Relation of mechanical site preparation to oak abundance, pine growth, and fusiform rust incidence in a slash pine plantation

Belanger, R.P.; Miller, T.; Schmidt, R.A.; Allen, J.E.

General Technical Report Southern Research Station, USDA Forest Service ( SRS-1): 122-125

1995


Accession: 003254527

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Abstract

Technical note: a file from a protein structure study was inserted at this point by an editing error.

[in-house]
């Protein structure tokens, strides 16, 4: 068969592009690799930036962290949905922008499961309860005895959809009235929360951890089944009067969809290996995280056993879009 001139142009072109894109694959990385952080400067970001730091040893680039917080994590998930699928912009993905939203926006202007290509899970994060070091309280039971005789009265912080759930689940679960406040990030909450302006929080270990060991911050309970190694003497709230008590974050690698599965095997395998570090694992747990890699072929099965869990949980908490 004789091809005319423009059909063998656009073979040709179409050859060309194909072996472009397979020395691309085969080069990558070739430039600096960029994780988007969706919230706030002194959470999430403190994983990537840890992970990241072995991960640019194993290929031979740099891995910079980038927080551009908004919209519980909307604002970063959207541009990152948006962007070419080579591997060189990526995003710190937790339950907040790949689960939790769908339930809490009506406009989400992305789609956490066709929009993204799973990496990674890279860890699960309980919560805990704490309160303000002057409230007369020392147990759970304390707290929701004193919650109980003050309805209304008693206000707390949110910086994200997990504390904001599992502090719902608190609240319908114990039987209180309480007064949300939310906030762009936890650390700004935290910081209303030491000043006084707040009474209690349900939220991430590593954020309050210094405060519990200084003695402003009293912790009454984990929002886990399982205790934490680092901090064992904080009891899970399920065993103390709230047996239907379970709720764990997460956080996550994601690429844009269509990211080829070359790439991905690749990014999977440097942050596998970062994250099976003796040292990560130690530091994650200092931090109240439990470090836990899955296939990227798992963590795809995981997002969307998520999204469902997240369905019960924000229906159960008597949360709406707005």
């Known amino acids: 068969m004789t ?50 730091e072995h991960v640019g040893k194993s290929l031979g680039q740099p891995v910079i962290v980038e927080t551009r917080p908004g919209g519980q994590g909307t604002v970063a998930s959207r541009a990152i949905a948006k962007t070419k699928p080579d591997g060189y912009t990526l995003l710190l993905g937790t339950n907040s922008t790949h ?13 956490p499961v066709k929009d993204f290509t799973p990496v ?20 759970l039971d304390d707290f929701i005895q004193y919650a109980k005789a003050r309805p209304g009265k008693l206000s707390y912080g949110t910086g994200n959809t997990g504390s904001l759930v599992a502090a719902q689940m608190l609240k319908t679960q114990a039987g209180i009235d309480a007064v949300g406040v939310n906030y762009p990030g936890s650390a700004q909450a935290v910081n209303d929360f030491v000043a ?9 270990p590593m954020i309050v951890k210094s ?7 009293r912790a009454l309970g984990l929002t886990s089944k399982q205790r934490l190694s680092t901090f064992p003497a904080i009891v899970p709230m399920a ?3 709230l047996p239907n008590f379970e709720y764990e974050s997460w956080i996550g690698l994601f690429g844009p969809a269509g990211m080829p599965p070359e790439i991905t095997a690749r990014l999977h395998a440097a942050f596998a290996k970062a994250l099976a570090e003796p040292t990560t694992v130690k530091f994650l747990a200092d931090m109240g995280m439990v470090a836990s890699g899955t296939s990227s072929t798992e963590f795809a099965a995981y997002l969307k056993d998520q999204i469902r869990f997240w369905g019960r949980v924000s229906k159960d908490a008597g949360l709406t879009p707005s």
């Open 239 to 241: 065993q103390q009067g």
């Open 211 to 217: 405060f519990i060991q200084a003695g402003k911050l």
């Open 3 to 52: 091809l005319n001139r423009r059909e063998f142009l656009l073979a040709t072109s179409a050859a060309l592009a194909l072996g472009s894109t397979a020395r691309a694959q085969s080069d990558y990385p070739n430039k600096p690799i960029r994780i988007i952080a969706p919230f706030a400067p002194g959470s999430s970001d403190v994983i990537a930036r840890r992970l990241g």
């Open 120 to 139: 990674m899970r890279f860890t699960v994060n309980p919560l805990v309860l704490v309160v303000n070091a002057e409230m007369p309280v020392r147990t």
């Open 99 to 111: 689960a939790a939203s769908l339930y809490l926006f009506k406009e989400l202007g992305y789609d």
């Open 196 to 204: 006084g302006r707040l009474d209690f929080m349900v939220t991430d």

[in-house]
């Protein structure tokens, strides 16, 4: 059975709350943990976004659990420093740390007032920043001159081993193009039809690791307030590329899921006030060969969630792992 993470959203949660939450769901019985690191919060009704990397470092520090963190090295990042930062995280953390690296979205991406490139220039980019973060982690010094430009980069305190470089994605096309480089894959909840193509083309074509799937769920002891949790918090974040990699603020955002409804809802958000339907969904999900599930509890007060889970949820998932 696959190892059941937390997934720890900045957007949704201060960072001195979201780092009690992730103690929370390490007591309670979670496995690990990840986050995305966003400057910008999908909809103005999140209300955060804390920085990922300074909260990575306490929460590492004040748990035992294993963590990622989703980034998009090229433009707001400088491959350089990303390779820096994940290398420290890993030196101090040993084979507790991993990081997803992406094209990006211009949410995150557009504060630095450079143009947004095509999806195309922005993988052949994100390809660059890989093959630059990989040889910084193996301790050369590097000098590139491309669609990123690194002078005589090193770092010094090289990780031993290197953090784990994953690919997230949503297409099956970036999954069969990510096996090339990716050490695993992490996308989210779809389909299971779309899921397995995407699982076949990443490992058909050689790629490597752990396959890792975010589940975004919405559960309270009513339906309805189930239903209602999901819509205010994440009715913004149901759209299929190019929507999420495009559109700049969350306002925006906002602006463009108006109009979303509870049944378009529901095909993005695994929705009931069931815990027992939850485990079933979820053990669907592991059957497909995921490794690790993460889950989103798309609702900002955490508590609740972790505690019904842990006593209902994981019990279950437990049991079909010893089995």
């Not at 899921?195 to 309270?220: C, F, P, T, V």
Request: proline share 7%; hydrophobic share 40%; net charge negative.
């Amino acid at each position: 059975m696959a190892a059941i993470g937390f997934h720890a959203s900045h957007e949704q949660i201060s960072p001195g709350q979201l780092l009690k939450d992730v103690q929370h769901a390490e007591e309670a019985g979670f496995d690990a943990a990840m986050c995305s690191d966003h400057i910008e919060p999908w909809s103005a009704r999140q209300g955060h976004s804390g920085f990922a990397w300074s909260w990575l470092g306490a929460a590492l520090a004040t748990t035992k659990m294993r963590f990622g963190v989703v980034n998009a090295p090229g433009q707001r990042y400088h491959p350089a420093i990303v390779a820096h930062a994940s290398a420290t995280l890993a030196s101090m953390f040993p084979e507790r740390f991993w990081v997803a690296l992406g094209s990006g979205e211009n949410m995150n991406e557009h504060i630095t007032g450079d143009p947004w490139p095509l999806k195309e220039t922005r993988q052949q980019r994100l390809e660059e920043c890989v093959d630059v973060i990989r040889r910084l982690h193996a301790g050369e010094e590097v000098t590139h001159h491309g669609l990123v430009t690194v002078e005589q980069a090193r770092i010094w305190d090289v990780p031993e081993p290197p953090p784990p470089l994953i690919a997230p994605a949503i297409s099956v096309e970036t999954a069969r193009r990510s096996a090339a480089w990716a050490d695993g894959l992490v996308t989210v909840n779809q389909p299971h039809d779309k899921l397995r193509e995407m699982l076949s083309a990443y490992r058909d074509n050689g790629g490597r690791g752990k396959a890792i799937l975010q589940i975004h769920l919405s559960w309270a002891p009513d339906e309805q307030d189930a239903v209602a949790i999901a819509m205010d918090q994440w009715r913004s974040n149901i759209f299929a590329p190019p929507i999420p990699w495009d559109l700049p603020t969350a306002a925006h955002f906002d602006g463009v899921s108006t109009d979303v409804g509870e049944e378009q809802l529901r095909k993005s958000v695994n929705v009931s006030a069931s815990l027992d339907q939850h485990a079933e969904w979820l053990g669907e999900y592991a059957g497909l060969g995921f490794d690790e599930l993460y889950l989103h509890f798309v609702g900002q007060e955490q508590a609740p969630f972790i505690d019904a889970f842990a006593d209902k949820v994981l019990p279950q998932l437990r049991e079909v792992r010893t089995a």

Water, laurel and bluejack oak (respectively, Quercus nigra, Q. laurifolia, Q. incana) are the most prevalent oak species in the Atlantic Coastal Plain of Georgia and Florida, and are recognized as being important alternate hosts in the spread of fusiform rust (Cronartium quercuum f.sp. fusiforme [C. fusiforme]). This study determined the origin, abundance, and development of oaks associated with four mechanical site preparation treatments (low, low-moderate, moderate-high and high intensity) in S.-central Georgia. First-year measurements showed that high intensity was the most effective treatment, reducing the number of oak rootstocks by 79% and the projected crown area by 92%. Chopping (low intensity) was the least effective treatment with a 25% reduction in rootstock and a 74% reduction in projected crown area. From the first to the fourth growing season, the number of rootstocks per acre did not change significantly within treatments. However, the projected crown area of susceptible oaks increased greatly over time. The crown area increased 19, 105 and 111% in the second, third and fourth years across all treatments. During the fourth year, hardwoods were competing with planted pines (Pinus elliottii), and oaks were a potential source of abundant rust inoculum in all treatment plots. Total height and rust incidence on planted slash pine were measured after the third, fourth, and fifth growing seasons. Results indicate that in high-rust hazard areas, rust incidence appears more closely related to the height growth of pines than to the abundance of on-site oaks.